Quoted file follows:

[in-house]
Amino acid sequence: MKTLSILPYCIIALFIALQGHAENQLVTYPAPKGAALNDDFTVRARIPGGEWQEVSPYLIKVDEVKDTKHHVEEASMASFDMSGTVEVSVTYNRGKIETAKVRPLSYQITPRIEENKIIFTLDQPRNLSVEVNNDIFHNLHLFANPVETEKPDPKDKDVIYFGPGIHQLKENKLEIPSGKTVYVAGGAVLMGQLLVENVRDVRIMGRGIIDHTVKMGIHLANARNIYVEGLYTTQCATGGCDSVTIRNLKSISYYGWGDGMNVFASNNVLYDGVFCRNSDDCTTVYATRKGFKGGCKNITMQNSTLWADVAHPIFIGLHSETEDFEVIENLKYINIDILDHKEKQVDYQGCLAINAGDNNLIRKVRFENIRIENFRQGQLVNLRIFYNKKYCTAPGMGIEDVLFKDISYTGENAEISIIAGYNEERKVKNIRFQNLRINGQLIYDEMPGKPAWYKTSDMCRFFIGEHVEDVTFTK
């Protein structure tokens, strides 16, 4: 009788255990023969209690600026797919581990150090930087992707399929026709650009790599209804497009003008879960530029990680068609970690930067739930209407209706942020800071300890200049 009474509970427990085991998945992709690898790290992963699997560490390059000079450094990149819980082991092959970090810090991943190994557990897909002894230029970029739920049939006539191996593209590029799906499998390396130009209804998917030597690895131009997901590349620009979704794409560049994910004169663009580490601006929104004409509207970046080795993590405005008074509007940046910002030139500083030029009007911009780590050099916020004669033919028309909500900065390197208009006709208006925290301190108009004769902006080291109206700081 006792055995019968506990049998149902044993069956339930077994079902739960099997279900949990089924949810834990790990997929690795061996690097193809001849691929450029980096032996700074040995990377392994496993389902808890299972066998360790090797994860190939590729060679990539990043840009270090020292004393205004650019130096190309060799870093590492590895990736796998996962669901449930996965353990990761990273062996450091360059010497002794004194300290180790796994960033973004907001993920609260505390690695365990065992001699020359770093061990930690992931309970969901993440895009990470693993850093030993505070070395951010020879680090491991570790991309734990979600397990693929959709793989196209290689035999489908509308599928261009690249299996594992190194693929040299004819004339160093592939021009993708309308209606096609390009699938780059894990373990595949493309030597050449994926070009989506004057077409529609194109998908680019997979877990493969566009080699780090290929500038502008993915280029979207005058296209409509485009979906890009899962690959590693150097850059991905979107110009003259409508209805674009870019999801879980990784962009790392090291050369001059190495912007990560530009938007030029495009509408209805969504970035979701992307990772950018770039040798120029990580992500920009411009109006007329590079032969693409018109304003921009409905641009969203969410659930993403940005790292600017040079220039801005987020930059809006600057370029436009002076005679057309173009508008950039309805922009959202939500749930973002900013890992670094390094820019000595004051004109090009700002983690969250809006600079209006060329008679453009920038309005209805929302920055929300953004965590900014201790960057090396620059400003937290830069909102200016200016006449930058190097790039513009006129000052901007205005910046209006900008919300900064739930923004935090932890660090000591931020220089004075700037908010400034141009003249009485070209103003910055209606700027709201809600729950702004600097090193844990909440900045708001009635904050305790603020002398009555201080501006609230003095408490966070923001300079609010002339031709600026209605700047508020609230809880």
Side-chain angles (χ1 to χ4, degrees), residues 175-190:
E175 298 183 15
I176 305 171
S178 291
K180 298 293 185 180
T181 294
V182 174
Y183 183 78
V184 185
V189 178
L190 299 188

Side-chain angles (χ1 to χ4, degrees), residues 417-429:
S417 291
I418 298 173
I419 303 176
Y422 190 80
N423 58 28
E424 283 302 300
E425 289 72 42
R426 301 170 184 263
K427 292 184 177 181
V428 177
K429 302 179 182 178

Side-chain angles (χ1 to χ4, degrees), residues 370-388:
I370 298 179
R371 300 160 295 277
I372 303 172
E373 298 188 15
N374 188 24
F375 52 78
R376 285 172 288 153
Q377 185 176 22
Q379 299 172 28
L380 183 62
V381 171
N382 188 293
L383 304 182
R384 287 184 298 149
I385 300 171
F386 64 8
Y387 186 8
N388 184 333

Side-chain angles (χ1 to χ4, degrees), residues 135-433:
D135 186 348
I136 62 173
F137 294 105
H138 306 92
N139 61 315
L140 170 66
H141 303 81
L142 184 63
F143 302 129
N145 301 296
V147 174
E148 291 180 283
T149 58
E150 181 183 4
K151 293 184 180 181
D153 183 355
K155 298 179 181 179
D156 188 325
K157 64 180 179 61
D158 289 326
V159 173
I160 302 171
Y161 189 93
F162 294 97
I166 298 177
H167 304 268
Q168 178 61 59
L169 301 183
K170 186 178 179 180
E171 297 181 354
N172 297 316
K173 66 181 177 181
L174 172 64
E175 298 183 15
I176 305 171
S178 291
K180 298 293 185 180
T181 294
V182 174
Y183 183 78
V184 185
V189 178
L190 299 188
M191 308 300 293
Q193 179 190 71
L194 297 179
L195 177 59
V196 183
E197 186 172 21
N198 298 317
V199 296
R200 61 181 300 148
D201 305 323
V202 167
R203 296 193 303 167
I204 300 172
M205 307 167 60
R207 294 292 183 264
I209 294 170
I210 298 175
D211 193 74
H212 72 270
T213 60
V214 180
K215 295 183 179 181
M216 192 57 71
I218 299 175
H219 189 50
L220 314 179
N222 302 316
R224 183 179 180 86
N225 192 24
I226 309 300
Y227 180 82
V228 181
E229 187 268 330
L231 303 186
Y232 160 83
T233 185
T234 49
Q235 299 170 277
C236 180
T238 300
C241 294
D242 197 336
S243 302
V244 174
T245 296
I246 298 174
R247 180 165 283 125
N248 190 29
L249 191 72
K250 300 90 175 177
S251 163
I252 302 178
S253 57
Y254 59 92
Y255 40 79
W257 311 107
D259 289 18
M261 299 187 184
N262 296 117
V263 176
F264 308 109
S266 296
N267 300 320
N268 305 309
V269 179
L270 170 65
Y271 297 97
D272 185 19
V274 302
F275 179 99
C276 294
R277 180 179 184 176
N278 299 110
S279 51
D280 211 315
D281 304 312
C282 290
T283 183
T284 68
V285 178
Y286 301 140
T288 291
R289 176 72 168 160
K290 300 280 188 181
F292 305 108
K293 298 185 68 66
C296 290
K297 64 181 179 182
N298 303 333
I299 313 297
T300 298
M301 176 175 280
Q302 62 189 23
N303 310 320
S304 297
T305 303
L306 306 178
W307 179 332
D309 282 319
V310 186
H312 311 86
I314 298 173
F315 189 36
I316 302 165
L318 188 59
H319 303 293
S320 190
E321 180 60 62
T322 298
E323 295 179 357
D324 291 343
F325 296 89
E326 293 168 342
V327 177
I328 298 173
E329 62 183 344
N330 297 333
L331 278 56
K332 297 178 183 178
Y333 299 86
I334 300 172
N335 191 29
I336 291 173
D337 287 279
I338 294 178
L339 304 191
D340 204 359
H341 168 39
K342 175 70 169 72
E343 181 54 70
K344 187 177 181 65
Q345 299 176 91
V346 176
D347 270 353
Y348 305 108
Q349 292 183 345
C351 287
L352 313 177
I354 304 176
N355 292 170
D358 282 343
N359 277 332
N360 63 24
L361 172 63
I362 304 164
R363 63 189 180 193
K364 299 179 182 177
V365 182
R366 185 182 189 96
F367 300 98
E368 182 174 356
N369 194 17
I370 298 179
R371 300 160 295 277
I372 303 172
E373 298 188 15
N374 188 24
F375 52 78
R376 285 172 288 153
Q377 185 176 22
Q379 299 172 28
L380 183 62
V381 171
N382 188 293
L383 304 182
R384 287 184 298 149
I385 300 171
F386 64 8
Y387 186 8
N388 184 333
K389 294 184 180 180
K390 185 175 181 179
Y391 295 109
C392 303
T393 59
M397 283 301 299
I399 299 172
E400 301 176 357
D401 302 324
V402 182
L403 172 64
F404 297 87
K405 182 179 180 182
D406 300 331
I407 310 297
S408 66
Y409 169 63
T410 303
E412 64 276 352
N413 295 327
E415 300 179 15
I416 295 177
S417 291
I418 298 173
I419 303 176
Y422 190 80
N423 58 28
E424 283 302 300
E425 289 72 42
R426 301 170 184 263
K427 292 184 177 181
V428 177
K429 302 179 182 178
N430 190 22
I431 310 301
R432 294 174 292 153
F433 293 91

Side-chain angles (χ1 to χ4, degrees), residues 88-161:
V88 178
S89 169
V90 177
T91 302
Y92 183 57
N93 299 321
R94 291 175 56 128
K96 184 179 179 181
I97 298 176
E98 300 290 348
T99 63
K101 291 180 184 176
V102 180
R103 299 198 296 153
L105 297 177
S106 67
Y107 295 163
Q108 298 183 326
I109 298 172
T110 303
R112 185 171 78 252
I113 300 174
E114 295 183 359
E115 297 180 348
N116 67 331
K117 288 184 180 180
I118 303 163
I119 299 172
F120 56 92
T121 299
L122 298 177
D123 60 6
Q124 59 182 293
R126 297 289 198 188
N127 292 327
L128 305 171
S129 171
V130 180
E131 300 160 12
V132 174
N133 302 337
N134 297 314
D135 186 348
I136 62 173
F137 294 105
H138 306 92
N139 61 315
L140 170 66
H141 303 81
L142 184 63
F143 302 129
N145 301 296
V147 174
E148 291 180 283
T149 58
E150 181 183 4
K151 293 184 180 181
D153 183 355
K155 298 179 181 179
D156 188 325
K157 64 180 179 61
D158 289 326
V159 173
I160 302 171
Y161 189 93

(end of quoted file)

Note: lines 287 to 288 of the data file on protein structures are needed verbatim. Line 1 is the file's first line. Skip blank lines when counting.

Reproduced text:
E424 283 302 300
E425 289 72 42